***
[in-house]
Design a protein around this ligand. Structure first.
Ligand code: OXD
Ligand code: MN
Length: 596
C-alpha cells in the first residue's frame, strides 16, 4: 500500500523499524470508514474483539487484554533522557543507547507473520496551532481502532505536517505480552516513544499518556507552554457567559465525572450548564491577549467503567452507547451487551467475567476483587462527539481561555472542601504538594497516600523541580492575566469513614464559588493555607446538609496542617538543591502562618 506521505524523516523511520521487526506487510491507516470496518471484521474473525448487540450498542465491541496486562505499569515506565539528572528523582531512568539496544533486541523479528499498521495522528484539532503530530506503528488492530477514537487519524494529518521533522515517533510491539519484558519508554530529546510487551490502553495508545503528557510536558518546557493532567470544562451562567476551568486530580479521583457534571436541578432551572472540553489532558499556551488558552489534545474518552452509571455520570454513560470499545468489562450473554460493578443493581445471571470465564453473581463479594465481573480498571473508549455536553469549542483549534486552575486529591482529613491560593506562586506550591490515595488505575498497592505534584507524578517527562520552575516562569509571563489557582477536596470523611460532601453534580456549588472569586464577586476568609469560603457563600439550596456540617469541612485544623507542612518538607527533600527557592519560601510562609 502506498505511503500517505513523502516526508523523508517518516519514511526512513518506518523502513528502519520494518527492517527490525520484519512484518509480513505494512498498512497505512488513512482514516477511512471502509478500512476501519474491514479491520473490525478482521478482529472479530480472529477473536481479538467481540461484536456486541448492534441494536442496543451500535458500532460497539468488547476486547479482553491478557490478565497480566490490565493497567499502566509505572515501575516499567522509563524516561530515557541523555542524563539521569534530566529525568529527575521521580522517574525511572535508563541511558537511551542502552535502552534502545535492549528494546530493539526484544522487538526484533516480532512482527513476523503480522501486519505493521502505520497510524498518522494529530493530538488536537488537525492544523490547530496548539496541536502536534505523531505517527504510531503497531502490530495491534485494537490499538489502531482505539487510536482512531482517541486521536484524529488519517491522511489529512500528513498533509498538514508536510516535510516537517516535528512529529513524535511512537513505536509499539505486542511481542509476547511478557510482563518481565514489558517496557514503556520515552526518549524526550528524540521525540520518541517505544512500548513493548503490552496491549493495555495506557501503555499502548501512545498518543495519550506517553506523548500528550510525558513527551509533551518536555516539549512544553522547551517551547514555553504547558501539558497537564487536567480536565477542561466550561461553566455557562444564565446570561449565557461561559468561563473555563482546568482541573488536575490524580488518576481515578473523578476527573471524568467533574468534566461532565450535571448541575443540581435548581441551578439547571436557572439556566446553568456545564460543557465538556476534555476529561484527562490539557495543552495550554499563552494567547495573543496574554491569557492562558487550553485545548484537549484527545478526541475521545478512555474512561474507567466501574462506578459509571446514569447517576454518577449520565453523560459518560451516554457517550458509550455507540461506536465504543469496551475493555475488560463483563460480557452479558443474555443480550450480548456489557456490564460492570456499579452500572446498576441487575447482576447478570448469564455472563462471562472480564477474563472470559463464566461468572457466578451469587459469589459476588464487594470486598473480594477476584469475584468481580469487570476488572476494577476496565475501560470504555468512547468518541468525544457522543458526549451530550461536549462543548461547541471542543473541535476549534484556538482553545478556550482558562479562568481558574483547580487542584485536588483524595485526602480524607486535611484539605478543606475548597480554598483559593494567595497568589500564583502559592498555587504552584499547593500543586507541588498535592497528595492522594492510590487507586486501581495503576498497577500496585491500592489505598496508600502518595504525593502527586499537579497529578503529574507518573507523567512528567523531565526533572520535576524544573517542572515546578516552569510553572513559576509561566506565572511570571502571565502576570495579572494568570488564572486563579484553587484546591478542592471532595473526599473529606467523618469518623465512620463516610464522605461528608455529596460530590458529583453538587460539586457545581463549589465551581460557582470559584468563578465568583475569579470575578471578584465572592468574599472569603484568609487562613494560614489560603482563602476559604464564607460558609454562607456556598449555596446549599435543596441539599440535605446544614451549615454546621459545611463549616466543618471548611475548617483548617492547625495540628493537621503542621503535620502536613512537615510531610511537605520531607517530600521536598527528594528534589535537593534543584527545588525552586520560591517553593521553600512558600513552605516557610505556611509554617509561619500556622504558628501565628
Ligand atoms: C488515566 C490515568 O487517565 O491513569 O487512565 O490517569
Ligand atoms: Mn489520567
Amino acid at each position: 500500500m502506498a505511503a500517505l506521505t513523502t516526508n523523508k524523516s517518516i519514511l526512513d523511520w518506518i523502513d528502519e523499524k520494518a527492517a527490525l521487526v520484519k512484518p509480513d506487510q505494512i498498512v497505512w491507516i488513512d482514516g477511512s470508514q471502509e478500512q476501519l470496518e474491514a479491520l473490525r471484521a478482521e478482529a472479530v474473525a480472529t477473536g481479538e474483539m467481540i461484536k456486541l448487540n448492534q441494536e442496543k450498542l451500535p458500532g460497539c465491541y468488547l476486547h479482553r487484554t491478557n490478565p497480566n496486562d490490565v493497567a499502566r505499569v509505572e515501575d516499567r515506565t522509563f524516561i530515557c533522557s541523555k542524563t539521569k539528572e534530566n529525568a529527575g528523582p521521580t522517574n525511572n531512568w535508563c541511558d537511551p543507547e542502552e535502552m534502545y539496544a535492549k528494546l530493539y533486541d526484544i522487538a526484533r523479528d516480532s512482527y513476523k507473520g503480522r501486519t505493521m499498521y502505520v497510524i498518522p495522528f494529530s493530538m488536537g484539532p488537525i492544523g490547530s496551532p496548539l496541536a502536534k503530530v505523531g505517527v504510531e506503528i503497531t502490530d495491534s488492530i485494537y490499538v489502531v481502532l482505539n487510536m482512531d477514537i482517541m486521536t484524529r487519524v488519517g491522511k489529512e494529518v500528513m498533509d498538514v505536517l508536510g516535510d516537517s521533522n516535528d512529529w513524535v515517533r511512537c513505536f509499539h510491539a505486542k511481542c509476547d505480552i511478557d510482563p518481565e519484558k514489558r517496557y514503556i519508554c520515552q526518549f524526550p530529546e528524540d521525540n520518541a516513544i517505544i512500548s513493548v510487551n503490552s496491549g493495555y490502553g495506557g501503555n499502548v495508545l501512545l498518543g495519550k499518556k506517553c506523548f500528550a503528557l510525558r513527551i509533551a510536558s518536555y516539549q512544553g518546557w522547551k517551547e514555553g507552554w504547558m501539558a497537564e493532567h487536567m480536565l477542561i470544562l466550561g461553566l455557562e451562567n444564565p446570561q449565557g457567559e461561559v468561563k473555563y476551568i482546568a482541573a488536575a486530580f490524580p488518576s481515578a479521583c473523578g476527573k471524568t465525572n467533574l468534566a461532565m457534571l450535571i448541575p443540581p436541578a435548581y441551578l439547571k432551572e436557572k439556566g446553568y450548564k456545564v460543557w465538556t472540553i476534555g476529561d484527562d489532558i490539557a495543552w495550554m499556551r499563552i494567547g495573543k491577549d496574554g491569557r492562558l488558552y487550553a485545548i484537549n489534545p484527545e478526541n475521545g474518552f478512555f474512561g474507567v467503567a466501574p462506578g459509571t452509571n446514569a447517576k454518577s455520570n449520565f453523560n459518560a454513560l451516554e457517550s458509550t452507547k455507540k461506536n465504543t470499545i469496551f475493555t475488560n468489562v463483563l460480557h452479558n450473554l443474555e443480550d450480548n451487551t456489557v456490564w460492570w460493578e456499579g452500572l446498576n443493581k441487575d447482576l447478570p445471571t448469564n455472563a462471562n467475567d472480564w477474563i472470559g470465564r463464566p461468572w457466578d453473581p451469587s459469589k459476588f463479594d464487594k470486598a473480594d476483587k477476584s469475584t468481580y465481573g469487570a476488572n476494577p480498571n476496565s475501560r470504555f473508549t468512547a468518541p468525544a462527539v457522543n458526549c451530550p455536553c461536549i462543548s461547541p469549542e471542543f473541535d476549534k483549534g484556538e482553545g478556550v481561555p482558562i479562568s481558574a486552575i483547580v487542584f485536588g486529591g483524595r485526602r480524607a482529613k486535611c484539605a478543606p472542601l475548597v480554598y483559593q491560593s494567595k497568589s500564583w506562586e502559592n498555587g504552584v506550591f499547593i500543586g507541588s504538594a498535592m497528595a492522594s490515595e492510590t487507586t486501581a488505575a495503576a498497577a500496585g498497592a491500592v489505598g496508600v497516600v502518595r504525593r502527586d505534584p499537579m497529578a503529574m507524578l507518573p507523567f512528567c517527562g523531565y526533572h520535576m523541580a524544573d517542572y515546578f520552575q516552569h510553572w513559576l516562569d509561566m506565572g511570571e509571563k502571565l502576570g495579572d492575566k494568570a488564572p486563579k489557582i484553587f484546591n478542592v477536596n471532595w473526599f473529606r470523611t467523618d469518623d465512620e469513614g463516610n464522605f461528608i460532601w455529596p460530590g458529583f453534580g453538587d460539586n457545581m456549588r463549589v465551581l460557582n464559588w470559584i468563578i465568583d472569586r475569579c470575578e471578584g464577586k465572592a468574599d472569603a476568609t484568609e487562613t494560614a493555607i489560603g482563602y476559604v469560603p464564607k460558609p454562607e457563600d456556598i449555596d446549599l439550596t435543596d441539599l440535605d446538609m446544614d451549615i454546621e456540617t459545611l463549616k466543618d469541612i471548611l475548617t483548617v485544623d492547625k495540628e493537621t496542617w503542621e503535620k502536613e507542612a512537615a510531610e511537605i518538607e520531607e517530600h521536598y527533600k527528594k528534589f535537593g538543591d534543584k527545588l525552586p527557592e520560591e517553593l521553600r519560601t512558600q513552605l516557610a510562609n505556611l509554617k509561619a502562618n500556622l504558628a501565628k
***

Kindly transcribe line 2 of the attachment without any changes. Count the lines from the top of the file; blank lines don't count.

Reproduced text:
Design a protein around this ligand. Structure first.